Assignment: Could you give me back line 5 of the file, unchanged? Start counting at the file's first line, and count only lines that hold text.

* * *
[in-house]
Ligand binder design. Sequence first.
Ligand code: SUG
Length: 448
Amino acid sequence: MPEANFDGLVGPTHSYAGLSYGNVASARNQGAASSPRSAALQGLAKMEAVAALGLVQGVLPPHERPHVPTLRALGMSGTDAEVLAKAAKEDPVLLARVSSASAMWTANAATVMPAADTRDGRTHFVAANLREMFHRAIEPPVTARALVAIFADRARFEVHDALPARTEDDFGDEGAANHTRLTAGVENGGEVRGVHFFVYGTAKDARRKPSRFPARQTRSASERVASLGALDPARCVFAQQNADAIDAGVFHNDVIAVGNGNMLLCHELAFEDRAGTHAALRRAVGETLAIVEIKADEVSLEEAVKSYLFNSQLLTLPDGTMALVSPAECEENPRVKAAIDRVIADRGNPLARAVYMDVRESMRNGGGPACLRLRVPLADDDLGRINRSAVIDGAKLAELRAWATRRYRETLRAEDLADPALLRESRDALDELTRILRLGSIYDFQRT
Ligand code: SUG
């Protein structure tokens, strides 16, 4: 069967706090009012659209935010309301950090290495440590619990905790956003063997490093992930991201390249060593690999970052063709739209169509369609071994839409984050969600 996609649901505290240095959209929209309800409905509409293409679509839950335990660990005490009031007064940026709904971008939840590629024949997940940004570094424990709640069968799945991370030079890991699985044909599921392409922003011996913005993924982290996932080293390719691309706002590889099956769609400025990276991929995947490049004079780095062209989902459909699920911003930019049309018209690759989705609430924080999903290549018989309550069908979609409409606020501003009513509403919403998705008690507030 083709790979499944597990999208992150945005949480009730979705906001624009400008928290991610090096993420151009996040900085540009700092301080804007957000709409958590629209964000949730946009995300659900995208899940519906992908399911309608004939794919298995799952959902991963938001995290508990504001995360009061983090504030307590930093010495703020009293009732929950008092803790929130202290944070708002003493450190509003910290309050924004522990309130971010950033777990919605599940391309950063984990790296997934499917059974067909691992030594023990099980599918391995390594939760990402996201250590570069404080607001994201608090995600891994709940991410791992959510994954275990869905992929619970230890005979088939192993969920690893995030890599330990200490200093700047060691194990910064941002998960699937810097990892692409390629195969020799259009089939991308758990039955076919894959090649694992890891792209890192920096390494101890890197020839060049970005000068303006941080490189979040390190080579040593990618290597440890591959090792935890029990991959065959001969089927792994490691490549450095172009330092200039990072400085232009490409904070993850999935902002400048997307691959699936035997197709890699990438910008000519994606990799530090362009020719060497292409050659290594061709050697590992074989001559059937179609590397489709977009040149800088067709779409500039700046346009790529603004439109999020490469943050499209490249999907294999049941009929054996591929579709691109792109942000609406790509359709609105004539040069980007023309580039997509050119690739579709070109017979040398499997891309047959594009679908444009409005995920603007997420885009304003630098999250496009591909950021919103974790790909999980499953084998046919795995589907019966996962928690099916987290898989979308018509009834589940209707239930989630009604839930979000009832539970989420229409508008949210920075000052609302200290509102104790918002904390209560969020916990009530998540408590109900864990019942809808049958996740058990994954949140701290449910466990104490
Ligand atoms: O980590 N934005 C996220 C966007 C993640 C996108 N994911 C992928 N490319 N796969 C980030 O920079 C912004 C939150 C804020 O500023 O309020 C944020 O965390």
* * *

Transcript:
Amino acid sequence: MPEANFDGLVGPTHSYAGLSYGNVASARNQGAASSPRSAALQGLAKMEAVAALGLVQGVLPPHERPHVPTLRALGMSGTDAEVLAKAAKEDPVLLARVSSASAMWTANAATVMPAADTRDGRTHFVAANLREMFHRAIEPPVTARALVAIFADRARFEVHDALPARTEDDFGDEGAANHTRLTAGVENGGEVRGVHFFVYGTAKDARRKPSRFPARQTRSASERVASLGALDPARCVFAQQNADAIDAGVFHNDVIAVGNGNMLLCHELAFEDRAGTHAALRRAVGETLAIVEIKADEVSLEEAVKSYLFNSQLLTLPDGTMALVSPAECEENPRVKAAIDRVIADRGNPLARAVYMDVRESMRNGGGPACLRLRVPLADDDLGRINRSAVIDGAKLAELRAWATRRYRETLRAEDLADPALLRESRDALDELTRILRLGSIYDFQRT